“When Winter Disappeared” by Aleš Šteger: Hero in Sheep’s Clothing – Culture

In the Slovenian town of Ptuj, winter has been driven out a few days before Ash Wednesday every year since 1960 in the form of a noisy carnival parade. The legendary figure, who stands for old customs and new hype, is the Kurent, a wild figure, larger than life, who, dressed in sheepskins and equipped with magical powers, paves the way for spring. The Slovenian writer, poet and translator Aleš Šteger has invented a no less wild story around this character, has taken up an ancient tradition and playfully charged the traditional story with explosive topics such as climate change or nuclear energy and updated it into the present.

If you reduce that to a plot, then “When the Winter Disappeared” essentially tells the story of an ecological and technical disaster with well-known motives: When the winters were still real winters and hit people hard, the Kurent moved around as a rough and gloomy fellow , rang bells he had stolen from cowsheds, chasing away the cold and snow. When the winters fail at some point, it gets warmer and the area turns into a kind of semi-desert, the Kurent also disappears – because the legendary figure and the cold season belong together, one is inconceivable without the other.

For the new era, which brings these changes with them, Šteger’s story begins with a huge ice cream factory, the owner of which has the powers of a witch and unscrupulously wants to increase his sales. In addition, at the end of a chain of unfortunate events, a nuclear reactor threatens to burn out. Against both dangers, the Kurent appears as an almost forgotten hero who has become alien but has returned, now armed with garbage and electronic scrap and no longer with the cowbells of a bygone era.

Almost apocalypse, satire, action: the novel doesn’t care about a consistent style

What is gripping about this book, which Matthias Göritz translated from Slovenian into German, is not only the plot, but also the artful way in which Šteger’s narrative style and the large-format, mostly dark blue illustrations by the Slovenian artist Tina Dobrajc intertwine . Anecdotally, the novel jumps from place to place, leading the Kurent from old snow-covered huts to modern discos or in the middle of a rocker gang. The images that Tina Dobrajc creates use this resonant space, which the sentences open up, filling it sometimes with scenes of horror, sometimes with melancholy or with a loneliness that is common to almost all the characters in the book.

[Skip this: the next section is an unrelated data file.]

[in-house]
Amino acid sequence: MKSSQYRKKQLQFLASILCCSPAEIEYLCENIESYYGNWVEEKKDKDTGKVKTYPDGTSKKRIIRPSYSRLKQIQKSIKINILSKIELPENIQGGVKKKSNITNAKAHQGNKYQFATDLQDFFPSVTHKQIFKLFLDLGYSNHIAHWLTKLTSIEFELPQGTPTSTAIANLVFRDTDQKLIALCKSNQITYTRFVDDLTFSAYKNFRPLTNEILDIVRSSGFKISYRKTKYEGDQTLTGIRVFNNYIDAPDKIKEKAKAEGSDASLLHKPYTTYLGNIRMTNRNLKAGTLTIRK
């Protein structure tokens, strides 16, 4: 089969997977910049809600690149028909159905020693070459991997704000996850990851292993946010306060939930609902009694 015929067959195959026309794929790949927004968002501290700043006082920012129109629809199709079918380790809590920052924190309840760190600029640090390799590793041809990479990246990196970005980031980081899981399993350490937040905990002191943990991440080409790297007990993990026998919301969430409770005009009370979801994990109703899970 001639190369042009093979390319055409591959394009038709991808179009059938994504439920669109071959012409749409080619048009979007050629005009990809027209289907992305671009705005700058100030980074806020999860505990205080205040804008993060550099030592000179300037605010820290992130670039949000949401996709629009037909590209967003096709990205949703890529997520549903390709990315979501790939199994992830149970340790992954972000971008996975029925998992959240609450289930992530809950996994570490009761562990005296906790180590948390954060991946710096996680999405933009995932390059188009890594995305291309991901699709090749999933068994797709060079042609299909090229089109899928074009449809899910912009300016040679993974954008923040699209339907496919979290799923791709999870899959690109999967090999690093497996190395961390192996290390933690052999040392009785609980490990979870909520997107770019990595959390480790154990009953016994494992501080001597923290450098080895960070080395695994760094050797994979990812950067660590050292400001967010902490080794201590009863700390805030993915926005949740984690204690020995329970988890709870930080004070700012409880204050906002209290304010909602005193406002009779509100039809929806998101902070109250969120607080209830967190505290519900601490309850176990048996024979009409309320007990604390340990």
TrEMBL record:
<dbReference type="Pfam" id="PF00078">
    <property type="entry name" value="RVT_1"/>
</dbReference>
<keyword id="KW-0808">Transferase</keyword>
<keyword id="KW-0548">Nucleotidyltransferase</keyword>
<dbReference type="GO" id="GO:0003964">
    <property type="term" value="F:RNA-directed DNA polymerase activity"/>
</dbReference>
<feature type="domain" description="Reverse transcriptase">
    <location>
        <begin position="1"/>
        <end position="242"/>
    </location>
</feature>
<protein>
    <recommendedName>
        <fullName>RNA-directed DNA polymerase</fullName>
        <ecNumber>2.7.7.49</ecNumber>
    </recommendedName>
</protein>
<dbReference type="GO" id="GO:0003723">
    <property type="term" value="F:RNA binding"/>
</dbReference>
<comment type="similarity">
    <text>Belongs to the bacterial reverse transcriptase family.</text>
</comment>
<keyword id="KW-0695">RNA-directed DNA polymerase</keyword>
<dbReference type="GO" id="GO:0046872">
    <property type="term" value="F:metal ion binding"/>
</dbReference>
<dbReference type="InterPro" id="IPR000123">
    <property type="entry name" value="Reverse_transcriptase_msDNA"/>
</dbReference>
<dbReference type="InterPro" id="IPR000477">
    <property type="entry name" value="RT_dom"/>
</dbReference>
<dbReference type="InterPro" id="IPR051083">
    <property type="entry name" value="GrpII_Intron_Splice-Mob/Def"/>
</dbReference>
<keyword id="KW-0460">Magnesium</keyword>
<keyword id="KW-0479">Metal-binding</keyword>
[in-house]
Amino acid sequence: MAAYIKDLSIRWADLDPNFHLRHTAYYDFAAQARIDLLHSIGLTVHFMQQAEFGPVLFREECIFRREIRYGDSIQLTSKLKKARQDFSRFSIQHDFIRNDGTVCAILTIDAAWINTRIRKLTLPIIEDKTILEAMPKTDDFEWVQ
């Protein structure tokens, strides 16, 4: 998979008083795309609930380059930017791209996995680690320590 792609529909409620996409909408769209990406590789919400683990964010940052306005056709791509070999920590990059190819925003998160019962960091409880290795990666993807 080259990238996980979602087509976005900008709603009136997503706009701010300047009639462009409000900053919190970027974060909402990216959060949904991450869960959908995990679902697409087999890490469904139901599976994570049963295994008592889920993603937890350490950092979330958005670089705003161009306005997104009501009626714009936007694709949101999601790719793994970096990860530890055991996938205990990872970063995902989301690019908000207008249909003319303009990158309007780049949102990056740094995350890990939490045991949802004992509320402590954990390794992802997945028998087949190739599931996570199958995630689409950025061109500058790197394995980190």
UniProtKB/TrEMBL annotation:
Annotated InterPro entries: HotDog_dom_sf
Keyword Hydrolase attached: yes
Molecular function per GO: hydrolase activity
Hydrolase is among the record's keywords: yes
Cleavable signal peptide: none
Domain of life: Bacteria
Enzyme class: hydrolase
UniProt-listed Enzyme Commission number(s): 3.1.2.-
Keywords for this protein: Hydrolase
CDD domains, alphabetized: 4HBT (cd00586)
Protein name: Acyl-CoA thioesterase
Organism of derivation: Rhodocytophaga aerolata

Aleš Šteger: "When winter went away": Aleš Šteger: When winter disappeared.  Illustrated by Tina Dobrajc.  Translated from the Slovenian by Matthias Göritz.  Karl Rauch Verlag, Düsseldorf 2022, 176 pages, 18 euros.  From 10 years on.

Aleš Šteger: When winter left. Illustrated by Tina Dobrajc. Translated from the Slovenian by Matthias Göritz. Karl Rauch Verlag, Düsseldorf 2022, 176 pages, 18 euros. From 10 years on.

(Photo: Karl Rauch Verlag)

Realism in detail, popular belief and magic merge, the novel doesn’t care about a uniform style, it can hardly be assigned to a specific reading age – the references are too diverse, from the legend as a framework to the almost apocalypse, from humor and biting Satire to action elements. Age-independent curiosity is perhaps the best key to enjoying this book, but it is certainly not a pamphlet for contemporary activists, even if it takes up their themes with sympathy and develops them in an idiosyncratic way.

“When the winter disappeared” fits seamlessly into the rest of Aleš Šteger’s work, for example, it stands next to his project “Logbook of the Present”, for which he travels again and again without researching places or people beforehand adjust. Or next to the skeptical-satirical near-future novel “Neverend” (2017, German 2021) about current Slovenia, in which narrative conventions are not taken too seriously. “Alarmism has its justification, but end-of-the-world narratives are useless”, – so it was the scientist Olaf Eisen was recently quoted in the SZ, which deals with the melting of the glaciers in Antarctica. Perhaps something similar can be said of When Winter Gone: awareness of loss and danger is essential, but good narrative can banish fears – more can be said of literature hardly ask.

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